Although the board member in Pacitti was not found liable, the federal district court’s ruling should be read very closely by individuals who serve as board members for condominium associations and for attorneys who represent condominium associations in general.

Emotions clearly run high when unit owners and their condominium associations squabble. If, for instance, the unit owner does not pay his assessments, the burden could fall on the other unit owners in the building. Unit owners who serve on the board of directors of the condominium association not only have to deal with the troublesome unit owner in a position of authority but through their very own self-survival. On the flip side, that unit owner may either feel embarrassed or victimized when one of his neighbors exerts that authority on him.

Either way, it is not that all surprising that some of these conflicts escalate and become rather personal. For that reason alone, unit owners representing condominium association must not only learn to become emotionally detached from the situation but also protect themselves from legal liability by doing their due diligence under the circumstances and by strictly following and enforcing the condominium rules and regulations.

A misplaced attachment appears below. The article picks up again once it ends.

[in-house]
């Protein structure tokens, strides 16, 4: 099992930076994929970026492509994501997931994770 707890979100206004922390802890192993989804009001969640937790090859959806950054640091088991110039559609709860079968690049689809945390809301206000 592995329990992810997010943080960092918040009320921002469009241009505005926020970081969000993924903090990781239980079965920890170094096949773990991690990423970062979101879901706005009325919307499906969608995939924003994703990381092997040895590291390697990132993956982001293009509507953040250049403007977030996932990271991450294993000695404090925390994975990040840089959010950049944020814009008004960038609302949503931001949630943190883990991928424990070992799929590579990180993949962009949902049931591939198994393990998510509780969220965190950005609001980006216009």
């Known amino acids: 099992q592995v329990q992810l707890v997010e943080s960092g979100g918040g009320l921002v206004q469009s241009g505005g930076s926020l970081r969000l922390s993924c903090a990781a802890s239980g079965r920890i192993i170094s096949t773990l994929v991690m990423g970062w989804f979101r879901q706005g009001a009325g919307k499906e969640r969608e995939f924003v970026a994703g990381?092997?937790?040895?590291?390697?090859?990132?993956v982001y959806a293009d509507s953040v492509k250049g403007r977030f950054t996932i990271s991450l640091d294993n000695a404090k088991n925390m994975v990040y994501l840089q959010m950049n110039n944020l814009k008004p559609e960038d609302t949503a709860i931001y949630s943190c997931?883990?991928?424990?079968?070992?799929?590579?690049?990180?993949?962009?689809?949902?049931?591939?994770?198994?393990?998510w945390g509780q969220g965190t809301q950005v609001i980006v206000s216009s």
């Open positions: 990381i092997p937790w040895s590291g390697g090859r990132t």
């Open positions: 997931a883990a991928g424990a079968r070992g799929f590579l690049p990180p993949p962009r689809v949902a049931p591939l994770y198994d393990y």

In Pacitti, the federal district court dismissed the defamation action not only because the unit owner actually owed the money, etc., but also because the board member, on behalf of the condominium association, dotted all of his “i’s” and crossed all of its “t’s”. The federal district court’s ruling in Pacitti, therefore, should not be interpreted as an open invitation by condominium associations and board members to victimize innocent unit owners but rather as a guide on how to deal with troublesome unit owners.

Reprinted with permission from the May 5, 2008 edition of The Legal Intelligencer © 2008 ALM Media Properties, LLC. All rights reserved. Further duplication without permission is prohibited. For information, contact 877-257-3382, or visit

Alan Nochumson